Trump: 'We're almost finished with the legal papers' for a ban on bump stocks

  • The Trump administration is in the final stage of crafting regulations to ban the use of bump stocks, the president says.
  • The devices, which convert semi-automatic firearms into machine guns, have been used in several recent mass shootings.
  • "Bump stocks are going to be gone," Trump says.

President Donald Trump said Thursday his administration is in the final stage of crafting regulations to ban the use of bump stocks, devices that enable semi-automatic guns to fire at fully automatic speeds.

"Bump stocks — we're almost finished with the legal papers," Trump told reporters at the start of a Cabinet meeting at the White House. "Bump stocks are just about finished from the standpoint of getting the legal work done."

Despite procedural hurdles, he added, "bump stocks are going to be gone."

After the Feb. 14 shooting rampage that killed 17 students and adults at a Florida high school, Trump directed Attorney General Jeff Sessions to revise the existing federal ban on machine guns to include devices like bump stocks. The device, which was not used in that massacre, enables a standard firearm to operate the way a machine gun does.

The Bureau of Alcohol Tobacco and Firearms had previously determined that it did not have the authority to regulate bump stocks because they were merely an accessory for guns, and not an actual weapon.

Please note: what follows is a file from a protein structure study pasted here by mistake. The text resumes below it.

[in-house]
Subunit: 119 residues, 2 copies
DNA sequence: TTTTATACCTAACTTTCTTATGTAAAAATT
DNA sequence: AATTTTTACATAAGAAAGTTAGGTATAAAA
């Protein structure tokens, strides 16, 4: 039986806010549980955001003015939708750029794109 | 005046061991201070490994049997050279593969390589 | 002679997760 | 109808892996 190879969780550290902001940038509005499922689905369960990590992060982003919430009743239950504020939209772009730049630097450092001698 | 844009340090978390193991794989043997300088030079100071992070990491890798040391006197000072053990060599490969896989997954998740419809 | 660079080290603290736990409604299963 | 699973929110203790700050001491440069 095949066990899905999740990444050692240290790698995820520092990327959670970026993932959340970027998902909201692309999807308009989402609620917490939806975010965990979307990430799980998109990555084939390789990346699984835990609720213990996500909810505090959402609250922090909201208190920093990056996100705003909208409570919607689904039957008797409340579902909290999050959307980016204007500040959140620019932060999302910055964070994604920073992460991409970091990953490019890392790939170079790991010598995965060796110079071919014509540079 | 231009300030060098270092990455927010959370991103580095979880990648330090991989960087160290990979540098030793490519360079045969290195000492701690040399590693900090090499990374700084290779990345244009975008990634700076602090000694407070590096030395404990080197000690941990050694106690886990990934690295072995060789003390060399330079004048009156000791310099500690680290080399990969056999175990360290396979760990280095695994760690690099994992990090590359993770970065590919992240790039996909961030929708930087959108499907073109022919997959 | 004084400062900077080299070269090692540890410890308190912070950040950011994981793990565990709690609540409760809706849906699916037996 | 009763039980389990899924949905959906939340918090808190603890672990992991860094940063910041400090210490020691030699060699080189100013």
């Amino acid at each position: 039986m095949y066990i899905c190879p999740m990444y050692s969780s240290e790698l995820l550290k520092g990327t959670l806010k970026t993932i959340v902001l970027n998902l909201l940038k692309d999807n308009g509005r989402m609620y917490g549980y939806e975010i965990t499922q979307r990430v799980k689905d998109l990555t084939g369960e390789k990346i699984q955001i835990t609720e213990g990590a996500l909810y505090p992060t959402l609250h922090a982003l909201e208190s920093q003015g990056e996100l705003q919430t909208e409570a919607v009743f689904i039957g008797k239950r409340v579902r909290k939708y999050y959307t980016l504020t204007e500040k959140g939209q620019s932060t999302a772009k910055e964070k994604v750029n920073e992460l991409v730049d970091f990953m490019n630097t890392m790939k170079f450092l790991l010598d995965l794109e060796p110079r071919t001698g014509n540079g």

The bump stock ban, once it is enacted, will be the most significant new federal gun control measure in recent memory. But unlike other recent gun control proposals, regulations for bump stocks have the backing of the National Rifle Association, the country's largest gun-rights lobbying group.

Following the deadliest mass shooting in modern U.S. history, in Las Vegas in October, the NRA quickly issued a statement saying that "devices designed to allow semi-automatic rifles to function like fully-automatic rifles should be subject to additional regulations." The gunman used a bump sotck in killing 58 people.

Correction: An earlier version misstated the month of the Las Vegas massacre. It was in October.